June 2nd, 2008

Moccasin eating spaghetti

(no subject)

I'm excited that there's a new season of "The Next Food Network Star." Now there are TWO reality cooking competition shows I can follow religiously, because a) I don't really have a life right now, and b) I love cooking shows, and this adds a new dimension. I wish there was an adorable gay guy this season (I miss Paul!), but maybe there is one who hasn't come out yet. Here are my spoiler-free views on this season's contestants:

Aaron: He seems ok, but doesn't really stand out for me. Well, except maybe his earrings.

Adam: He's all right, I guess. I think he's interesting, but his cooking is questionable.

Cory: In theory, I love the idea of a stand-up comedienne doing a cooking show, because food and humor are two of my favorite things, and I love cooking shows with funny hosts (Paula Deen cracks me up so much). But Cory just froze up several times, and you can't do that if you're going to be a TV star. I mean, I know many of the current stars do get nervous, but they deal with it well. Even Bobby admitted that he's always nervous, but he fakes confidence well (perhaps a little too well - I think he's a douche). I mean, Paula Deen suffered from agoraphobia for years, but you'd never guess it from watching her. Stage fright is understandable, but to be successful, you have to find ways to get past it. You'd think that Cory would have experience overcoming stage fright since she's a stand-up comedienne.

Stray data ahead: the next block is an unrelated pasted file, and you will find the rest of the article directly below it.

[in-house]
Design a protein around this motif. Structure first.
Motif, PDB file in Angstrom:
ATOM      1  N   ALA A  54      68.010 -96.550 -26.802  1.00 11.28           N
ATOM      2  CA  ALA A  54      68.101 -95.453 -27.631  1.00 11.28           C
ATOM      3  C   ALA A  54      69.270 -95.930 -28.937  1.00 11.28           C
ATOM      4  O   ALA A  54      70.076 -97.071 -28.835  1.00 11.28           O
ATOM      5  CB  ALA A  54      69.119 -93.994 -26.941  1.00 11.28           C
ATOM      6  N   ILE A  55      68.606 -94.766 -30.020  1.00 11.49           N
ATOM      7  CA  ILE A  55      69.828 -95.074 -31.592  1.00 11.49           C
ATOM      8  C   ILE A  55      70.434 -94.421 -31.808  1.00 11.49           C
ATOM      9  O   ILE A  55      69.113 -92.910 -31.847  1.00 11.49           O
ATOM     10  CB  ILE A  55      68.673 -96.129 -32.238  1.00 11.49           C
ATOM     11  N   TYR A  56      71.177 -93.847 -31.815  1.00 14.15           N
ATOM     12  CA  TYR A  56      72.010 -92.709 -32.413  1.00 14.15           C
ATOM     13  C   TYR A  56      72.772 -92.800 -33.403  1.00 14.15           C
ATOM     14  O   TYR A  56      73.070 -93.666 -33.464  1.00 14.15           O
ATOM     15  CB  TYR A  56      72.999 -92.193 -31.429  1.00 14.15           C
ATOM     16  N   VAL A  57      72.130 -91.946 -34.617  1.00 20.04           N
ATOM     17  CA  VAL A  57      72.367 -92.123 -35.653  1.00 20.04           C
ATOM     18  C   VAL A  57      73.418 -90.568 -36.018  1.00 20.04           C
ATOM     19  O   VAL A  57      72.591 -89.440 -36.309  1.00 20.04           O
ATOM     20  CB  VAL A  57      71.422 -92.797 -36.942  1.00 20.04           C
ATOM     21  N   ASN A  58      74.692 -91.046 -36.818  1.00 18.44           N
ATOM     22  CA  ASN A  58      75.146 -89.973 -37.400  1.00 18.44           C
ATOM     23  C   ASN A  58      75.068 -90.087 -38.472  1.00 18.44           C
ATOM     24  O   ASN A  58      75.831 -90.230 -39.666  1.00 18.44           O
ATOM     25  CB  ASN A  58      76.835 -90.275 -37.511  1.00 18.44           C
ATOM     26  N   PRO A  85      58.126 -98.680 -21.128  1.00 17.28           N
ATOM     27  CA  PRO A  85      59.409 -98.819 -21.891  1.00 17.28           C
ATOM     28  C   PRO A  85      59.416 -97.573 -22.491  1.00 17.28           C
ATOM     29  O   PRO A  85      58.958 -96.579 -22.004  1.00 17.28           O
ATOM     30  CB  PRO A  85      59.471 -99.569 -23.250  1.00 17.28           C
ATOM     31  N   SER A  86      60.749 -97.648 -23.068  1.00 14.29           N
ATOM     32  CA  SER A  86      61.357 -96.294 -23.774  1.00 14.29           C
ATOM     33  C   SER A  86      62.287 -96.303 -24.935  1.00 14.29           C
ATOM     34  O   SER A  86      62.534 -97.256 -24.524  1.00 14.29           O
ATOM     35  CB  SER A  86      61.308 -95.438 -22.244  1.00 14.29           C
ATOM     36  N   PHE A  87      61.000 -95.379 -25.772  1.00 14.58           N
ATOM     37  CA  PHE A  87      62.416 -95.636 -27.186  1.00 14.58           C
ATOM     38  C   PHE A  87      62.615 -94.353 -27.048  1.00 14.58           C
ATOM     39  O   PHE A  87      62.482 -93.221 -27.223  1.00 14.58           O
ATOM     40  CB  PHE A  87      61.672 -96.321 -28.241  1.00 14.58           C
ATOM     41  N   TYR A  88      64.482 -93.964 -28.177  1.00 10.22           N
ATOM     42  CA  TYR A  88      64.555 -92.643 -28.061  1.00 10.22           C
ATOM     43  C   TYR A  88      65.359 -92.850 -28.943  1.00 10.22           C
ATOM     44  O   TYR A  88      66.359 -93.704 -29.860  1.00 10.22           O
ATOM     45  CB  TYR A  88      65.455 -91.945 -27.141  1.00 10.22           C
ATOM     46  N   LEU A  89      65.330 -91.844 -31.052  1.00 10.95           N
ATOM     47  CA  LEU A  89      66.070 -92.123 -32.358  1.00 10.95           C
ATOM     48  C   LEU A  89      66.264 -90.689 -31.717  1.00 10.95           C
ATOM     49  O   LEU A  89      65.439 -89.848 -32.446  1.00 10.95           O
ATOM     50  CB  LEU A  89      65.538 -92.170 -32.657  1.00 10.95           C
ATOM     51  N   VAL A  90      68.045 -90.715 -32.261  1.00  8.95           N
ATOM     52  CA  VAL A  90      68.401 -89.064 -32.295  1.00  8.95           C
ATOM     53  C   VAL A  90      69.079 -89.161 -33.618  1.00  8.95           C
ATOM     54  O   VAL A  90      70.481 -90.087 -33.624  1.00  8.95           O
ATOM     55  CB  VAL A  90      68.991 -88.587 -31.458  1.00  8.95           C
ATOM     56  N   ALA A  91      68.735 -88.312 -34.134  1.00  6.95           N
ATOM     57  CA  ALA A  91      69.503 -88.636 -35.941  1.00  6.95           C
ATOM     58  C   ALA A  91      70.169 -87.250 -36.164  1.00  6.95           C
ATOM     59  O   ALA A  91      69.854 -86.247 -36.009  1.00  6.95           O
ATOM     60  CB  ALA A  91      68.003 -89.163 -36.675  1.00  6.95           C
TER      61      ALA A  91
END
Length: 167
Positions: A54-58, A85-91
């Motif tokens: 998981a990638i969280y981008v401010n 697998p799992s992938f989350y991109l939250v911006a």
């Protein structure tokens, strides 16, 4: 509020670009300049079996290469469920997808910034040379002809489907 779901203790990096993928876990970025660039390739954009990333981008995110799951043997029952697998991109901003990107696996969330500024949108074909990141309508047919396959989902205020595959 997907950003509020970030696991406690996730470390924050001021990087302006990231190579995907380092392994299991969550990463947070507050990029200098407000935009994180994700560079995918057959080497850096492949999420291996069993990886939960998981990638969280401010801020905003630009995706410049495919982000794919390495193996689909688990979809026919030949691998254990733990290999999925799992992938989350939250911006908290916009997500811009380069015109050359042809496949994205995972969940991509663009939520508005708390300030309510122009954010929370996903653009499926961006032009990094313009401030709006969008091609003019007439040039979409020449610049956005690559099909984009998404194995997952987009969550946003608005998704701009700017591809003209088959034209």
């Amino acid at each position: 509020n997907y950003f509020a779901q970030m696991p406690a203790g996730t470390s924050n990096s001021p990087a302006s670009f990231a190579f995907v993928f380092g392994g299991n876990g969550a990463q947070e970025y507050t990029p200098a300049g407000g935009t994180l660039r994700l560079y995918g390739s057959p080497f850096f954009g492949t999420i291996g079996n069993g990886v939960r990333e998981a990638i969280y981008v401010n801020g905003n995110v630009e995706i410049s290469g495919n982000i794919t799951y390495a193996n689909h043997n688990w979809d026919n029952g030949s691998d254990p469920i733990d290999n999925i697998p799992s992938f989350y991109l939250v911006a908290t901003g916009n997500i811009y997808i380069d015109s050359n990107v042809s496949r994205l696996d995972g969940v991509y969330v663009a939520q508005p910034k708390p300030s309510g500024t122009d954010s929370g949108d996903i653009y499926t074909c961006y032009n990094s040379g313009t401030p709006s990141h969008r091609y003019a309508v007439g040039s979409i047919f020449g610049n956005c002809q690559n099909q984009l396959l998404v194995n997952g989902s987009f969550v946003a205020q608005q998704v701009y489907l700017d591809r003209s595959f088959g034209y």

Jeffrey: I think he's an interesting guy too. I don't know if I'd watch his show, but we'll see what happens.

Jennifer: She doesn't really stand out for me.

Kelsey: She's cute and fun, and I think she's got a good shot at being a star. She does seem a little like an "overcaffeinated cheerleader" sometimes, but so far, only one episode has aired. I look forward to seeing how she progresses.

Kevin: This guy has a lot of charisma. I think he'll be popular with the ladies.

Lisa: I really don't like her at all. She's a high-strung beeyotch, and nobody seemed to like her much. Also, her whole "philosophy" is confusing and convoluted. And to top it all off, I really hate her hairdo. For some reason, I just can't stand that sharp, chin-length-with-bangs look. Something about it really bothers me. And really, you expect people to respect and like you more because you can cook in high heels and a tight skirt? You have a distinct personality, that's for sure. But it's not a likeable one.

Nipa: I think she's absolutely adorable. And I love her idea of making ethnic food accessible. I do think The Food Network could use a wider variety of ethnic cooking, and I think viewers would really respond well to something new and different. Unfortunately, the show ads make it seem like she gives up, so I'm not sure she'll make it. I hope I'm wrong, because I'd be crazy about a show featuring a cute little Indian woman making ethnic food (and not just Indian food - I want to see a variety of regions featured).